Six years ago, I published a book on Conrad Black that chronicled the newspaper empire he had built and the tailspin his life and career were then in. He'd been kicked out of his company and sued, but wouldn't be charged with fraud for another year. And while there were plenty of recriminations swirling around, I gave him the final word in Shades of Black: "This is a long-running drama," he told me, "and it may have a surprise ending." Right you are, Lord Black.
Fast forward to the next week or so, and Conrad Black will be out of the Coleman Federal Correctional Complex in Florida after two years and four months, facing the very real prospect that his jail time is over and that he has a shot at having his entire conviction overturned.
In the months ahead, there are going to be a lot of people re-examining their view of Lord Black and his saga - and he has always been a divisive public figure. Where his conviction is concerned, it's worth remembering that his trial did not go especially smoothly, and that the accused himself never took the stand in his own defence. His side of the story was always that he had been swept up in a wave of corporate governance hysteria after the collapse of Enron and WorldCom, and that his own boards of directors - overindexed with political and society types - ran for cover when shareholders started questioning his behaviour.
After a three-month trial in Chicago, he was convicted of three counts of wire fraud totalling $2.9-million in misappropriated funds, as well as one count of obstruction of justice, and acquitted of nine other charges. As I wrote when he was sentenced in late 2007: Setting aside the question of whether he should have been convicted at all, the punishment in this case was never going to fit the crime. His release is correct from both a legal and karmic standpoint.
People, of course, have served far more time for lesser crimes, but, in context, 6½ years with no chance of parole for most of the sentence was unfair. Lord Black began his sentence in March of 2008 and, for much of the time since then, I've been thinking what a waste it's been. Whether you think he's a hero or a rogue, he posed no harm to anyone and, given his utter belief in his own innocence, the idea of him being rehabilitated was irrelevant.
Another thing that's become clear is that the idea of putting prominent business people behind bars to "send a message" to their community seems pretty tenuous: There seems to be a ready stream of brazen new corporate fraudsters to read about, from Bernie Madoff and Marc Dreier on down, not to mention all the Wall Street titans who are unscathed from near-ruining the economy.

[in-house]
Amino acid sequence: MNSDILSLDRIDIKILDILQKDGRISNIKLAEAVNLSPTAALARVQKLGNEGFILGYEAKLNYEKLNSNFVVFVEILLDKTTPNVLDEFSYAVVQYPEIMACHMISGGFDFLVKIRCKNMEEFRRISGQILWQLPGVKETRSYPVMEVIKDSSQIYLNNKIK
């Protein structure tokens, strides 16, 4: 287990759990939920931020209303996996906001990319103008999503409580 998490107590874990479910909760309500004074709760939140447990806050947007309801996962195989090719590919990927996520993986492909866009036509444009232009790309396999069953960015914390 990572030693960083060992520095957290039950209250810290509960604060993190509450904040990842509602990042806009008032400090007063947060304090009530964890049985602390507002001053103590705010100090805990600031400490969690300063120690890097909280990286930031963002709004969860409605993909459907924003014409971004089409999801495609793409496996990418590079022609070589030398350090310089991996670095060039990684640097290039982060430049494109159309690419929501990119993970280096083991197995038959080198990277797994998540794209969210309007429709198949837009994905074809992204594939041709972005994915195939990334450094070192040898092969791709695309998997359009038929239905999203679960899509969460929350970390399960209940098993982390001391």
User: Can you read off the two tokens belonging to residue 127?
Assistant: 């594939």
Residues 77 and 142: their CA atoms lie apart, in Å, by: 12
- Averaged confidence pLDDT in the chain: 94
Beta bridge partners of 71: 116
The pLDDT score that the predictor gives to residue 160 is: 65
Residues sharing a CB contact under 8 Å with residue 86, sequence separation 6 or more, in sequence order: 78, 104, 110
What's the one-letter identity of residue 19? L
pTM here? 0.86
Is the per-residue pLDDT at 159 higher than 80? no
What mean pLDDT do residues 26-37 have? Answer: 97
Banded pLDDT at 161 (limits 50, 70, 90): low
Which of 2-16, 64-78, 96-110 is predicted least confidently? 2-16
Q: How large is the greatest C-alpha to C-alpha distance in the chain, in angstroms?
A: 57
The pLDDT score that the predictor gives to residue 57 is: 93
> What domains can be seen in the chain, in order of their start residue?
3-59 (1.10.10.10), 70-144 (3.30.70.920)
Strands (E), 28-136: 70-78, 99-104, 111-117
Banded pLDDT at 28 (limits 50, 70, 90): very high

All that said, Lord Black did his time with a fortitude that is not surprising but is still impressive. His journey over the past few years has been almost entirely about the principal of defending his name versus merely serving as little time as possible. (If he had wanted to do the latter, he might have cut a deal like his ex-partner David Radler, who ended up testifying against him and the other three colleagues who were convicted in the mess.)
While the case has now boiled down to a specific interpretation of law and the options available to address it, it's hard to imagine that the U.S. Attorney in Chicago will want to retry him. The only big question, then, is what to do with the obstruction of justice charge that was not addressed in the U.S. Supreme Court ruling and still stands. Given the granting of bail, legal observers think he stands a good chance of having the charge thrown out, or at least relegated to time served.
Meantime, Wednesday's bail hearing will determine where and how Lord Black can go while all this is sorted out -complicated by the fact that he's no longer a Canadian but rather a British citizen. One imagines the place he feels most comfortable is still Toronto. It might be unusual to let people leave the U.S. when they're free on bail, but one thing that ought to be abundantly obvious to the court by now is that Lord Black is no flight risk. He showed up in Chicago to fight his case and he showed up in Florida to serve his sentence. He's not going anywhere while he pursues his "surprise ending."
Richard Siklos lives in Los Angeles and is writing a book on Michael Jackson.
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